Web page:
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Section 4

4. So it is with the individual souls; the appetite for the divine Intellect urges them to return to their source, but they have, too, a power apt to administration in this lower sphere; they may be compared to the light attached upwards to the sun, but not grudging its presidency to what lies beneath it. In the Intellectual, then, they remain with soul-entire, and are immune from care and trouble; in the heavenly sphere, absorbed in the soul-entire, they are administrators with it just as kings, associated with the supreme ruler and governing with him, do not descend from their kingly stations: the souls indeed [as distinguished from the kosmos] are thus far in the one place with their overlord; but there comes a stage at which they descend from the universal to become partial and self-centred; in a weary desire of standing apart they find their way, each to a place of its very own. This state long maintained, the soul is a deserter from the All; its differentiation has severed it; its vision is no longer set in the Intellectual; it is a partial thing, isolated, weakened, full of care, intent upon the fragment; severed from the whole, it nestles in one form of being; for this, it abandons all else, entering into and caring for only the one, for a thing buffeted about by a worldful of things: thus it has drifted away from the universal and, by an actual presence, it administers the particular; it is caught into contact now, and tends to the outer to which it has become present and into whose inner depths it henceforth sinks far.

With this comes what is known as the casting of the wings, the enchaining in body: the soul has lost that innocency of conducting the higher which it knew when it stood with the All-Soul, that earlier state to which all its interest would bid it hasten back.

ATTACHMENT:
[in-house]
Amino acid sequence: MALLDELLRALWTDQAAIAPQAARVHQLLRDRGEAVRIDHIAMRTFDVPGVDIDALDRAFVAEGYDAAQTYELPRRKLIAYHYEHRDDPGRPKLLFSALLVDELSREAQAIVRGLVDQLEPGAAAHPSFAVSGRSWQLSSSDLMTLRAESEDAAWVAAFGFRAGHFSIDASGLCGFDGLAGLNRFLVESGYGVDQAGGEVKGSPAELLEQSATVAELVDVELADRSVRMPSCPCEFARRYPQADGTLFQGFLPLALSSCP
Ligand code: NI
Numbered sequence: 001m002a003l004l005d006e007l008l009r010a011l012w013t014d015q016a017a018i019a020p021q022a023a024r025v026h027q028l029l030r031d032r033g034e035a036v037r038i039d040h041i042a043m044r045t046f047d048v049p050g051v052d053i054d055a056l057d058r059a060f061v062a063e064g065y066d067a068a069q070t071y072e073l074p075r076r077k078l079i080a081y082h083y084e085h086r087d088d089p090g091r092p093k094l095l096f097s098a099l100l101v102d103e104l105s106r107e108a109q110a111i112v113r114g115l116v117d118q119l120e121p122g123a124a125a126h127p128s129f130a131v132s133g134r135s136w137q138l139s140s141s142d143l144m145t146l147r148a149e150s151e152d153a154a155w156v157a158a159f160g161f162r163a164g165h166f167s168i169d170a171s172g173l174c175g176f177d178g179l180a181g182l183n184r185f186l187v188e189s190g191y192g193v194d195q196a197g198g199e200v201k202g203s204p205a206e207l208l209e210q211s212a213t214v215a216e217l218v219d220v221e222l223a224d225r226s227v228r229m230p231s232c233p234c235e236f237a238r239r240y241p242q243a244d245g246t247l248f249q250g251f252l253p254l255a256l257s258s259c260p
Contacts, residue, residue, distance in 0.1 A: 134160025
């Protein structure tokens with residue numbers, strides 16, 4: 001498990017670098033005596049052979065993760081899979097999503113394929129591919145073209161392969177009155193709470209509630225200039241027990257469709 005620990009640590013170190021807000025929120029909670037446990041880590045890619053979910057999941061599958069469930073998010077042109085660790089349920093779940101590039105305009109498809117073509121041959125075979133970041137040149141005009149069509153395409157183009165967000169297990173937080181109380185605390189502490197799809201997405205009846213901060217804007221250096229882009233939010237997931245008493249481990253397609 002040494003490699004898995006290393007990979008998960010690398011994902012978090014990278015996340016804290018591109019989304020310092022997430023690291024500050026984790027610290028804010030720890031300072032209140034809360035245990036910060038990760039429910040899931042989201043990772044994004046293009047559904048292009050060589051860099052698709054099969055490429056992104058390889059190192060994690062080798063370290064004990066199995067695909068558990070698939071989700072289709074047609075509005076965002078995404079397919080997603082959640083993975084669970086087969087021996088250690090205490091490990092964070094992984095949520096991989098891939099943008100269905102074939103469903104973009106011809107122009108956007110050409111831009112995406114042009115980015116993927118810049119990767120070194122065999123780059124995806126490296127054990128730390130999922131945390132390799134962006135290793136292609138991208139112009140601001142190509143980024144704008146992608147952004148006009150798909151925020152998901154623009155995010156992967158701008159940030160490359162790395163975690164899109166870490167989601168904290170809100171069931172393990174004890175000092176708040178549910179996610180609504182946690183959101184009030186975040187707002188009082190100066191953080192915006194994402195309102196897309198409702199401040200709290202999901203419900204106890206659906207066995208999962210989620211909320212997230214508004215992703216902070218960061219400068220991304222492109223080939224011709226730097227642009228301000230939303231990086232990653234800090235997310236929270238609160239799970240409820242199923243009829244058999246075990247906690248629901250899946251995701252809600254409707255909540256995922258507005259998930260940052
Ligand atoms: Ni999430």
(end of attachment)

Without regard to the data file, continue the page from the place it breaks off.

It has fallen: it is at the chain: debarred from expressing itself now through its intellectual phase, it operates through sense, it is a captive; this is the burial, the encavernment, of the Soul.

But in spite of all it has, for ever, something transcendent: by a conversion towards the intellective act, it is loosed from the shackles and soars- when only it makes its memories the starting point of a new vision of essential being. Souls that take this way have place in both spheres, living of necessity the life there and the life here by turns, the upper life reigning in those able to consort more continuously with the divine Intellect, the lower dominant where character or circumstances are less favourable.

All this is indicated by Plato, without emphasis, where he distinguishes those of the second mixing-bowl, describes them as "parts," and goes on to say that, having in this way become partial, they must of necessity experience birth.

Of course, where he speaks of God sowing them, he is to be understood as when he tells of God speaking and delivering orations; what is rooted in the nature of the All is figuratively treated as coming into being by generation and creation: stage and sequence are transferred, for clarity of exposition, to things whose being and definite form are eternal.

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